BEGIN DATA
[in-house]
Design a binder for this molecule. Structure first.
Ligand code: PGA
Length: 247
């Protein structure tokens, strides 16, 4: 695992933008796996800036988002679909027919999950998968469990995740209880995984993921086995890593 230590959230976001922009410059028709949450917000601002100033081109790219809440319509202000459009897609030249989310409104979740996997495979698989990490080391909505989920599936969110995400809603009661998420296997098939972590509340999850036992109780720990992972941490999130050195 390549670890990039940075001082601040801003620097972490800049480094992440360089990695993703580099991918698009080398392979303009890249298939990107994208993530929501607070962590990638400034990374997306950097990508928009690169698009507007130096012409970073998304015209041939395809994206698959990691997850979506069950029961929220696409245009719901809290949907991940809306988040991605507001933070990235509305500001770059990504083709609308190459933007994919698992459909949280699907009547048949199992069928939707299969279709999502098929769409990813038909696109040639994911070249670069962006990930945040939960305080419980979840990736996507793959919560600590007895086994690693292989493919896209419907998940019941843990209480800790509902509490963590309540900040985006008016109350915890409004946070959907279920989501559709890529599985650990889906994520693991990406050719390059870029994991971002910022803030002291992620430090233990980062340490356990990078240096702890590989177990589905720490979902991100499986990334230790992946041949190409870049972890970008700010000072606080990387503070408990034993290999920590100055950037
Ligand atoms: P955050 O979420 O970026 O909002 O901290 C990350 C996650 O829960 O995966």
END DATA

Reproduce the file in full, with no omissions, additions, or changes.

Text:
[in-house]
Design a binder for this molecule. Structure first.
Ligand code: PGA
Length: 247
């Protein structure tokens, strides 16, 4: 695992933008796996800036988002679909027919999950998968469990995740209880995984993921086995890593 230590959230976001922009410059028709949450917000601002100033081109790219809440319509202000459009897609030249989310409104979740996997495979698989990490080391909505989920599936969110995400809603009661998420296997098939972590509340999850036992109780720990992972941490999130050195 390549670890990039940075001082601040801003620097972490800049480094992440360089990695993703580099991918698009080398392979303009890249298939990107994208993530929501607070962590990638400034990374997306950097990508928009690169698009507007130096012409970073998304015209041939395809994206698959990691997850979506069950029961929220696409245009719901809290949907991940809306988040991605507001933070990235509305500001770059990504083709609308190459933007994919698992459909949280699907009547048949199992069928939707299969279709999502098929769409990813038909696109040639994911070249670069962006990930945040939960305080419980979840990736996507793959919560600590007895086994690693292989493919896209419907998940019941843990209480800790509902509490963590309540900040985006008016109350915890409004946070959907279920989501559709890529599985650990889906994520693991990406050719390059870029994991971002910022803030002291992620430090233990980062340490356990990078240096702890590989177990589905720490979902991100499986990334230790992946041949190409870049972890970008700010000072606080990387503070408990034993290999920590100055950037
Ligand atoms: P955050 O979420 O970026 O909002 O901290 C990350 C996650 O829960 O995966």